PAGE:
Theorem (Baire): Let $(X,d)$ be a complete metric space and $(D_n)_{n \in \mathbb{N}}$ a family of open dense subsets of $X$. Then $\bigcap_{n \in \mathbb{N}} D_n$ is also dense in $X$.

This is the first theorem we proved in our functional analysis lecture and we were told it's essential for the proofs of fundamental theorems of functional analysis.

My question is simpler: I'm struggling to find open dense subsets in a "normal" metric space.

@copper_hat's comment here suggests uninting $\varepsilon$-balls with rational centres but are there other good examples?


Fix $n \in \mathbb{N}$. Take $(S_i)_{i \in \mathbb{N}}$ affine subspaces i.e. $S_i = V_i + p_i$ with $V_i$ a linear subspace and $p_i$ a point. Then each $S_i$ is closed and has no interior (this is a fun excersice of linear algebra / functional analysis). Thus each $S_i^c$ is open and moreover, it is dense:

$$ \overline{S_i^c} = (S_i^°)^c = \emptyset^c = X. $$

Thus $\bigcap_{i \geq 1}S^c_i$ is dense. In the former calculation, we showed that the complement of a closed set with no interior is open and dense. Note that the converse also holds, thus giving the following equivalent formulation of Baire's theorem,

Theorem(Baire): let $X$ be a complete metric space and $(F_n)_{n \geq 1} \subset X$ be a sequence of closed sets in with empty interior. Then $\bigcup_{n \geq 1} F_n$ has empty interior.

In particular, this says that we can't write $X$ as the countable union of closed sets with no interior. Thus, in this setting, let's rephrase the original comment: each affine subspace is closed and has no interior, thus their union cannot be $\mathbb{R}^n$. This proves:

Proposition. An euclidean space cannot be written as a countable union of affine subspaces.

In general this is the type of argument Baire's theorem is used for. Another useful consequence is that if $X$ is written as a countable union of closed sets, then some of them has to have non-empty interior. This for example allows us to prove the principle of uniform boundedness, one of the key results you will study.

As a final remark, the example given here lets you prove that

Proposition. Given $n,m \geq 1$ there is a set $A \subset \mathbb{R}^n$ of size $m$ such that any subset of $n+1$ points of $A$ is affinely independent.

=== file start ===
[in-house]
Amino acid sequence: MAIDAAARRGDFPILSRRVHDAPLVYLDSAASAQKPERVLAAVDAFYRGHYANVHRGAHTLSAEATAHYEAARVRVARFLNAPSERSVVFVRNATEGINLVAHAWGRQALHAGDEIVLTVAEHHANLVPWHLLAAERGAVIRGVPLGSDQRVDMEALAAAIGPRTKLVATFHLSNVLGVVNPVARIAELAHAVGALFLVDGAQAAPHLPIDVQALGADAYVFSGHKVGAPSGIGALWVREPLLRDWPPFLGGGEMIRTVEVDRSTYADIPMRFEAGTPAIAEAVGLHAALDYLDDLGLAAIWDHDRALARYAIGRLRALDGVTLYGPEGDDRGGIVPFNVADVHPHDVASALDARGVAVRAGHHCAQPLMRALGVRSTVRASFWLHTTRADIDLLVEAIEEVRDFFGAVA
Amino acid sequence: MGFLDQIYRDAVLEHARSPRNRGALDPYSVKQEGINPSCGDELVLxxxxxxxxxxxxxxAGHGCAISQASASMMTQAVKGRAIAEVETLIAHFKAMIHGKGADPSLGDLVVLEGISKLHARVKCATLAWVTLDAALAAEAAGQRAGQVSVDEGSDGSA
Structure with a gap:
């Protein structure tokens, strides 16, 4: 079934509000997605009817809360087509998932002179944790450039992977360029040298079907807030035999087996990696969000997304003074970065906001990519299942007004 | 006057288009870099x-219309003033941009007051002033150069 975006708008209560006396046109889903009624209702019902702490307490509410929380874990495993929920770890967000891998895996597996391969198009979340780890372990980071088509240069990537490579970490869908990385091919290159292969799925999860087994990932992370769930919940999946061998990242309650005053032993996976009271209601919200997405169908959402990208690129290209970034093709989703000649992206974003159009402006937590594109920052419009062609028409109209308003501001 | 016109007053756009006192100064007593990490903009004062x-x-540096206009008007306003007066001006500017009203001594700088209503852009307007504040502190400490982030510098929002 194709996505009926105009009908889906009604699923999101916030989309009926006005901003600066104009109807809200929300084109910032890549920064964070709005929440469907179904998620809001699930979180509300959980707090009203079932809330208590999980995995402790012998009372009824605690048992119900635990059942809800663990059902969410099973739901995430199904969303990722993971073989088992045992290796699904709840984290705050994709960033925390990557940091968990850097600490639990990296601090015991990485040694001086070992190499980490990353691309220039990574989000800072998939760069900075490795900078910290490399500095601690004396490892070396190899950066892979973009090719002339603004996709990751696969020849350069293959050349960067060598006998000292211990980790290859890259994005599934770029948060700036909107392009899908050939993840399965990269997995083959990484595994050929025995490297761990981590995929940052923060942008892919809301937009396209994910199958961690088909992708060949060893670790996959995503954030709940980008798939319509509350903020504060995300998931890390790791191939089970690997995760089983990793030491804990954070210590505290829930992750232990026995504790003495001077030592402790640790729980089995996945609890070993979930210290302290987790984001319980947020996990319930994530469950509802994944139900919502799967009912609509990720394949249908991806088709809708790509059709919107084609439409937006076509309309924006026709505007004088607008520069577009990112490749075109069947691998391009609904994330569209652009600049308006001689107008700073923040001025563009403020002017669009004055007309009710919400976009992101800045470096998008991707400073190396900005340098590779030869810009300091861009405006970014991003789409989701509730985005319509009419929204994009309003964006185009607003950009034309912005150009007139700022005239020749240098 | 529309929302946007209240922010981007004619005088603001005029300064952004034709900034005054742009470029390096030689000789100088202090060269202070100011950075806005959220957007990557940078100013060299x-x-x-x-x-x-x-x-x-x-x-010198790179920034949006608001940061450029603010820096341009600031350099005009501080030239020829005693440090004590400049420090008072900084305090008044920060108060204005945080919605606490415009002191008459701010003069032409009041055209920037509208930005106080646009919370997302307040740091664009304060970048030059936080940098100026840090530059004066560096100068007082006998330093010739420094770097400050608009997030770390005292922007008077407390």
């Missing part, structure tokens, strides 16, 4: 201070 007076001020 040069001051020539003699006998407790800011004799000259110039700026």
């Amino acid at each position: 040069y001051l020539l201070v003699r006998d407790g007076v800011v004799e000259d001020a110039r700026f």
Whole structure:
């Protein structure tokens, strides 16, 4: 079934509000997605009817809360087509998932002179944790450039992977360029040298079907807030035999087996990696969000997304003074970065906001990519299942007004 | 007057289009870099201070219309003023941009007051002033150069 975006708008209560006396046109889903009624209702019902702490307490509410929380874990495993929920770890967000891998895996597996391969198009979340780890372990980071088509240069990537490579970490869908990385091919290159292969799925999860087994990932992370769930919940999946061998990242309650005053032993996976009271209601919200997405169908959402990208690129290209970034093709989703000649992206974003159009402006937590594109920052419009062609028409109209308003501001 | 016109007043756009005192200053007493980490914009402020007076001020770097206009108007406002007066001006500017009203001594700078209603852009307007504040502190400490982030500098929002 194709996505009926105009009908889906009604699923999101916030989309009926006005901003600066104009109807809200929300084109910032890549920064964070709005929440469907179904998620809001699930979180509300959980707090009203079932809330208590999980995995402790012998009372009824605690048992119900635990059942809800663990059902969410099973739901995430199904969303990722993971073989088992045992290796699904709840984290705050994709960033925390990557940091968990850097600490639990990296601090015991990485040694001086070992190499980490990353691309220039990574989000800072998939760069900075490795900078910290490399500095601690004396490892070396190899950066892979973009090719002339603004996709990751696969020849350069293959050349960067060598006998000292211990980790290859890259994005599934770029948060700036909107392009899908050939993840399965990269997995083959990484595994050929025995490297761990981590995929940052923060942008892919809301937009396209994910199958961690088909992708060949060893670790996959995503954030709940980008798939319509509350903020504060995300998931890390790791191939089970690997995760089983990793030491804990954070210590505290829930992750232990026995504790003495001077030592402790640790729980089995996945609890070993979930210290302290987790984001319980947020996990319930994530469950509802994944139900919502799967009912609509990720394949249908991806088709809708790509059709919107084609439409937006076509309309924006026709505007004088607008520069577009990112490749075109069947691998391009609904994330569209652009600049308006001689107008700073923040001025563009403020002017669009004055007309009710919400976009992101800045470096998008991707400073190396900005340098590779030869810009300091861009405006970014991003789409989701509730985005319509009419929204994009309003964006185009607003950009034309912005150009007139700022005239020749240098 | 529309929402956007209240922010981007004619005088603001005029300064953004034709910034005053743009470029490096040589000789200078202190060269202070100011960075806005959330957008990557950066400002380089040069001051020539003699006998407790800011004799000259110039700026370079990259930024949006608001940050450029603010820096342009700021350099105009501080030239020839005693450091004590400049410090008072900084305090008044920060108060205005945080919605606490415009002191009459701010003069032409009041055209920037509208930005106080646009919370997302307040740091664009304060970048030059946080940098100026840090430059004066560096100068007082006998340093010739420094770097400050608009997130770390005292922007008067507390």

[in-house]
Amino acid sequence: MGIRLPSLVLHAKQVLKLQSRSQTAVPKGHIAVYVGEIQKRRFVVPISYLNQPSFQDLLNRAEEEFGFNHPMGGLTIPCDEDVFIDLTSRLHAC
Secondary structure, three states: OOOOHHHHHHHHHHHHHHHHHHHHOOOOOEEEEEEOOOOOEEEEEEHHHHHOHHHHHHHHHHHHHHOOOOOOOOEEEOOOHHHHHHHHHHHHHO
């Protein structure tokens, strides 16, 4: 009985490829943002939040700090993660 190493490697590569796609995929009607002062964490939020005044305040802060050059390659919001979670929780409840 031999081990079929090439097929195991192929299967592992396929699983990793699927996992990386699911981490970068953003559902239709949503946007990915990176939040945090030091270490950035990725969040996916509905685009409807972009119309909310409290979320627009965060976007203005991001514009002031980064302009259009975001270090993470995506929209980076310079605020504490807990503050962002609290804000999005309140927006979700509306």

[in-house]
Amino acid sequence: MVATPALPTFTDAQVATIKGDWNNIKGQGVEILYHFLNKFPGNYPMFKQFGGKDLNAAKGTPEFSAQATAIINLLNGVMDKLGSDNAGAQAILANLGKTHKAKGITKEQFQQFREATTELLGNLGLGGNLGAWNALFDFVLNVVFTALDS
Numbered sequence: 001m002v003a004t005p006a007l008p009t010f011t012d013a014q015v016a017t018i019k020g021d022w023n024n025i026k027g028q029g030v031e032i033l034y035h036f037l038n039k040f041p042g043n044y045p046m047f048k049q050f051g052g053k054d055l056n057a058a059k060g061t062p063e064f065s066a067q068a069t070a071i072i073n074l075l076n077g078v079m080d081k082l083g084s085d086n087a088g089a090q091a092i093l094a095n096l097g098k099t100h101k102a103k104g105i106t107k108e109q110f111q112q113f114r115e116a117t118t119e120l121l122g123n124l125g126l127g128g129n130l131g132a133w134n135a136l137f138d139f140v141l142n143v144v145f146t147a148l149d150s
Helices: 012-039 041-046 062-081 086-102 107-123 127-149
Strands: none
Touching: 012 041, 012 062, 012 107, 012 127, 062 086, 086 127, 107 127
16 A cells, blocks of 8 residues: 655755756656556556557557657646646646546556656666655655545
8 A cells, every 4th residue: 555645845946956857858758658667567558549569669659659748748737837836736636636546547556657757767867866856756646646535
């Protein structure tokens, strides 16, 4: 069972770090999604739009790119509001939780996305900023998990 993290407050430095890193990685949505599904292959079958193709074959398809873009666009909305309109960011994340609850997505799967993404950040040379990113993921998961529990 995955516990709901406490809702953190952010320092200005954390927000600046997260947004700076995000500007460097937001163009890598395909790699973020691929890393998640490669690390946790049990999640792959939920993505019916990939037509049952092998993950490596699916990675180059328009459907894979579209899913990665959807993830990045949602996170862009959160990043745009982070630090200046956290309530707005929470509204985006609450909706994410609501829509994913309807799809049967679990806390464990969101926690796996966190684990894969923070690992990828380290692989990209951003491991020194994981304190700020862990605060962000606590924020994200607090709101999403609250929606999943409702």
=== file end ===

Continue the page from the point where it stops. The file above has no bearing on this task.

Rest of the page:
There are quite simpler approaches, but let's go with the one that uses Baire.

Proof. We can fix $n$ and use induction on $m$. The base case is trivial. As for the inductive step, we have $A$ of size $m$ with all its subsets of size $n+1$ affinely independent. It suffices to see that we can add a point to $A$ such that this keeps holding. Suppose not: then, for any point $p \in \mathbb{R}^n$ we pick, $A \cup \{p\}$ must contain an affinely dependent subset $S_p \subset A \cup \{p\}$ of $n+1$ elements. Note also that $p \in S$, because otherwise $S \subset A$ and thus $S$ would be affinely independent by inductive hypothesis. If we write $S_p = T_p \cup \{p\}$, then $S_p$ being affinely dependent says that in particular, $p$ is contained in the affine subspace generated by the points of $T_p$. To sum up: for any point $p$, there is a subset $T \subset A$ such that $p \in V_T$ where $V_T$ is the (affine) subspace generated by $V$. In particular,

$$ \mathbb{R}^n \subset \bigcup_{T \subset A, |T| = n}V_T $$

which is absurd because the right hand side is a countable (it is finite, even, as $A$ is finite) union of closed sets of empty interior, and by Baire's theorem this implies it has empty interior. The contradiction comes from supposing that we can't add a point to $A$ without it losing its properties. Hence a point can be added to $A$, which is now of size $m+1$. This completes the inductive step (and the proof) $\square$.


Let $a\in A$, then $X\setminus \{a\}$ is an open dense subset (as far as singleton are closed).

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    $\begingroup$ Note that this remark comes in handy if you want to prove that a countable dense set (like $\mathbb{Q}$ in $\mathbb{R}$) cannot be written as a countable intersection of open sets $\endgroup$ – charmd Apr 10 at 18:53
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    $\begingroup$ This is true iff $a$ is not an isolated point of $X$. $\endgroup$ – Henno Brandsma Apr 11 at 5:45

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